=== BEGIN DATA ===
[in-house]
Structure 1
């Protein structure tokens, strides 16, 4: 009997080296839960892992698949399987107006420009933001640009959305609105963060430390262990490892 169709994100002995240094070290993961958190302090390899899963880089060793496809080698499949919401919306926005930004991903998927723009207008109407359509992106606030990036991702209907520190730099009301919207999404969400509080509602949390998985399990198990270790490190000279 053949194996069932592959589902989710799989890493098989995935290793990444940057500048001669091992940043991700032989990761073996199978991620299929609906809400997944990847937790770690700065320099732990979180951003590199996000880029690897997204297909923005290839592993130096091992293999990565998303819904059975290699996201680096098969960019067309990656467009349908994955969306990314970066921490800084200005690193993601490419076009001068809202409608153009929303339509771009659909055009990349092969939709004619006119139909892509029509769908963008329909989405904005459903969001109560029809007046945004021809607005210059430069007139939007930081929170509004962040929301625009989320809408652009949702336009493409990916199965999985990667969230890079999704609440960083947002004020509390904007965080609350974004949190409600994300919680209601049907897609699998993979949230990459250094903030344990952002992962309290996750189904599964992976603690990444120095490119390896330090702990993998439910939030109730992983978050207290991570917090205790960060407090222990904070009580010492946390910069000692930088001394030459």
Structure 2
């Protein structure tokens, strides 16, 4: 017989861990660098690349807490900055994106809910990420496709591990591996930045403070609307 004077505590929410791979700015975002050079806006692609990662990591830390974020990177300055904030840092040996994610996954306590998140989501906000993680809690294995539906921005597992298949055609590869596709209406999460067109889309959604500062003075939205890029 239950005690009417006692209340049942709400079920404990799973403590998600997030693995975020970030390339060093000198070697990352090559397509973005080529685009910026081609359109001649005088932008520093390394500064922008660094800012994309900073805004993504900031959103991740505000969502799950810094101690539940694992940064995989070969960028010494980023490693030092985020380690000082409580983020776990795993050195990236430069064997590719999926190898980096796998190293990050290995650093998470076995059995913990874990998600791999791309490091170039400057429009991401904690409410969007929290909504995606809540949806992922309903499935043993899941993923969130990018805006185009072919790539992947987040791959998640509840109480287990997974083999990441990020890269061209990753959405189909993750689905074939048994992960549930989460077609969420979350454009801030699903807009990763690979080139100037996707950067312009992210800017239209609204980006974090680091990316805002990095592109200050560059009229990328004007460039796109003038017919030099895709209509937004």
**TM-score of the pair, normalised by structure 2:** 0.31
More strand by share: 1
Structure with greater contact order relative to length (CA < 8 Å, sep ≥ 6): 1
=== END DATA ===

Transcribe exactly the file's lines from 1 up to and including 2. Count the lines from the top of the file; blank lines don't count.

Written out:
[in-house]
Structure 1